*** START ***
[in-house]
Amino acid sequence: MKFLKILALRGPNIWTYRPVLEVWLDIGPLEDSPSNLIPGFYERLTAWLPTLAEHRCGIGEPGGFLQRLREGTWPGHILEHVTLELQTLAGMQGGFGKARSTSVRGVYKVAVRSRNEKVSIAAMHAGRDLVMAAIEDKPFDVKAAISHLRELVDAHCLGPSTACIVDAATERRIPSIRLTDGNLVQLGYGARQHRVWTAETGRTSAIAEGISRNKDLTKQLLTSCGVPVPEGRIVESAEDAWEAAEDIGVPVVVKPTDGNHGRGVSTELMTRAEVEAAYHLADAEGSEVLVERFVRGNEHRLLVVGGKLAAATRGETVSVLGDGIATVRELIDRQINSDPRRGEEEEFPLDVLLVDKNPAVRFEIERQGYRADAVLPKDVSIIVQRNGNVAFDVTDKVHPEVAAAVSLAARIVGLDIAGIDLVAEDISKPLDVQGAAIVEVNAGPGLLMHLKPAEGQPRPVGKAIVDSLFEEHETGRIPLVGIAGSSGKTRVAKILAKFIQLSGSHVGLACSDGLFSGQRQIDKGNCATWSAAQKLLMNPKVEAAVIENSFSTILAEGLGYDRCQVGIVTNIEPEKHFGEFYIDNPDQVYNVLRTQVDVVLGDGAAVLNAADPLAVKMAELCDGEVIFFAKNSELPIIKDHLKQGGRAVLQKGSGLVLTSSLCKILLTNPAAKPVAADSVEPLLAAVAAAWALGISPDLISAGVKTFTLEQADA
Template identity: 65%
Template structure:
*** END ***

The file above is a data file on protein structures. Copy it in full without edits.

[in-house]
Amino acid sequence: MKFLKILALRGPNIWTYRPVLEVWLDIGPLEDSPSNLIPGFYERLTAWLPTLAEHRCGIGEPGGFLQRLREGTWPGHILEHVTLELQTLAGMQGGFGKARSTSVRGVYKVAVRSRNEKVSIAAMHAGRDLVMAAIEDKPFDVKAAISHLRELVDAHCLGPSTACIVDAATERRIPSIRLTDGNLVQLGYGARQHRVWTAETGRTSAIAEGISRNKDLTKQLLTSCGVPVPEGRIVESAEDAWEAAEDIGVPVVVKPTDGNHGRGVSTELMTRAEVEAAYHLADAEGSEVLVERFVRGNEHRLLVVGGKLAAATRGETVSVLGDGIATVRELIDRQINSDPRRGEEEEFPLDVLLVDKNPAVRFEIERQGYRADAVLPKDVSIIVQRNGNVAFDVTDKVHPEVAAAVSLAARIVGLDIAGIDLVAEDISKPLDVQGAAIVEVNAGPGLLMHLKPAEGQPRPVGKAIVDSLFEEHETGRIPLVGIAGSSGKTRVAKILAKFIQLSGSHVGLACSDGLFSGQRQIDKGNCATWSAAQKLLMNPKVEAAVIENSFSTILAEGLGYDRCQVGIVTNIEPEKHFGEFYIDNPDQVYNVLRTQVDVVLGDGAAVLNAADPLAVKMAELCDGEVIFFAKNSELPIIKDHLKQGGRAVLQKGSGLVLTSSLCKILLTNPAAKPVAADSVEPLLAAVAAAWALGISPDLISAGVKTFTLEQADA
Template identity: 65%
Template structure: